Finland takes education very seriously and holds teachers in high esteem. Can the U.S. learn from Finland’s education model?
Last month, the Program for International Student Assessment (PISA), a triennial international survey which aims to evaluate education systems worldwide by testing the skills and knowledge of 15-year-old students, ranked the U.S. 26 out of 34 Organization for Economic Co-operation and Development (OECD) countries in reading, science and math.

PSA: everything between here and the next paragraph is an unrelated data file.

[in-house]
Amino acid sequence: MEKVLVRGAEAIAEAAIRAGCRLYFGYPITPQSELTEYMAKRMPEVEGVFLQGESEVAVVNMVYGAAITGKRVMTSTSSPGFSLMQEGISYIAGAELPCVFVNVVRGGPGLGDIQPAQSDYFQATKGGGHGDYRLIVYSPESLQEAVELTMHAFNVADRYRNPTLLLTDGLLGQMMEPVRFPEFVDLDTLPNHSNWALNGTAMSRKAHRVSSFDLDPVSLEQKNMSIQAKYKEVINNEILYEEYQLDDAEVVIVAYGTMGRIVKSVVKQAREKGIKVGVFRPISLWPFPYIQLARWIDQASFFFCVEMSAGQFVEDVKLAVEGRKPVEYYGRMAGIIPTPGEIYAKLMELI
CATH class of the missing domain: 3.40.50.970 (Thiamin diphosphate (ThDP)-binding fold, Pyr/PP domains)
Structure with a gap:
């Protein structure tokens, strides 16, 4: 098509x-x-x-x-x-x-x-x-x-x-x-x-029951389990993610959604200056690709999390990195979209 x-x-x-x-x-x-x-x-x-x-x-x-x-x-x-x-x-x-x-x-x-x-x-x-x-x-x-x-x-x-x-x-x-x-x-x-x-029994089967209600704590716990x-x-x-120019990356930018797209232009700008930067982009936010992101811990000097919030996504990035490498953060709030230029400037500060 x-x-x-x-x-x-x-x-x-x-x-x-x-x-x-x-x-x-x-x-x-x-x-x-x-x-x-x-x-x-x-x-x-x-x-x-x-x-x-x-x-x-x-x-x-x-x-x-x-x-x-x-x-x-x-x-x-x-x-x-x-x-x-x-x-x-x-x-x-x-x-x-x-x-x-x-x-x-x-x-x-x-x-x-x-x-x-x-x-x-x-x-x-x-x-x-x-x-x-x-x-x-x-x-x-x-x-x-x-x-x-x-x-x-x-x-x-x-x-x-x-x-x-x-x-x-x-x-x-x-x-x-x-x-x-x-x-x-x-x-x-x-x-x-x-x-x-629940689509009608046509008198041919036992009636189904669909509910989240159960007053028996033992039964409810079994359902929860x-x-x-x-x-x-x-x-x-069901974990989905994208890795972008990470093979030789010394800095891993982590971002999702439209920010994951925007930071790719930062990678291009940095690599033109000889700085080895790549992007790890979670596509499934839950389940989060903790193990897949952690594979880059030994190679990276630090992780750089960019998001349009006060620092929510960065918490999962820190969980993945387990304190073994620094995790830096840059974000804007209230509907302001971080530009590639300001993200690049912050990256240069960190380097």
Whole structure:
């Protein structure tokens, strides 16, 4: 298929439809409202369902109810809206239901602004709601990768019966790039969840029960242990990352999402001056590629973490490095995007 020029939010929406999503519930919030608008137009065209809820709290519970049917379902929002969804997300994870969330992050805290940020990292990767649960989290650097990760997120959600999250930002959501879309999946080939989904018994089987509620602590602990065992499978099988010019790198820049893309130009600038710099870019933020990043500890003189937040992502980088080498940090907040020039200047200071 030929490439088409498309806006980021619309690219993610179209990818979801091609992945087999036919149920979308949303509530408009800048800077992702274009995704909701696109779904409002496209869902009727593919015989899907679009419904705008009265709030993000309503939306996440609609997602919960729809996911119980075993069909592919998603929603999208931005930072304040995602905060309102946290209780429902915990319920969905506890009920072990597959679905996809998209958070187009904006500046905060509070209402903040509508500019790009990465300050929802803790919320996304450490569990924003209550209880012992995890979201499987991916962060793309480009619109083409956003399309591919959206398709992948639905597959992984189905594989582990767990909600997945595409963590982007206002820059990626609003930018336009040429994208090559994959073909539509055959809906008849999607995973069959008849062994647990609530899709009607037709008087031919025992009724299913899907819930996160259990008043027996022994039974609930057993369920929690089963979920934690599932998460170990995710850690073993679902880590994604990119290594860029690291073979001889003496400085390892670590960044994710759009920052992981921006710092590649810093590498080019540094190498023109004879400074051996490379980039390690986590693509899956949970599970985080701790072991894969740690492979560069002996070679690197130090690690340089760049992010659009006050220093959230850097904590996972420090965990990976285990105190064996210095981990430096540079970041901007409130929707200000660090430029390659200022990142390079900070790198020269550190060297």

According to OECD Secretary General Angel Gurria, the U.S. remained “fundamentally flat” compared with many other countries that have improved their PISA performances over the past decade.
Alarmed by these staggering figures, some American educators are rethinking conventional notions of education reform. Experts are exploring alternative models to not only improve test results in the United States, but to provide students with the necessary skills to be productive citizens and more marketable in the workforce.
(Next page: Watch American academic Tony Wagner on Finland’s education model)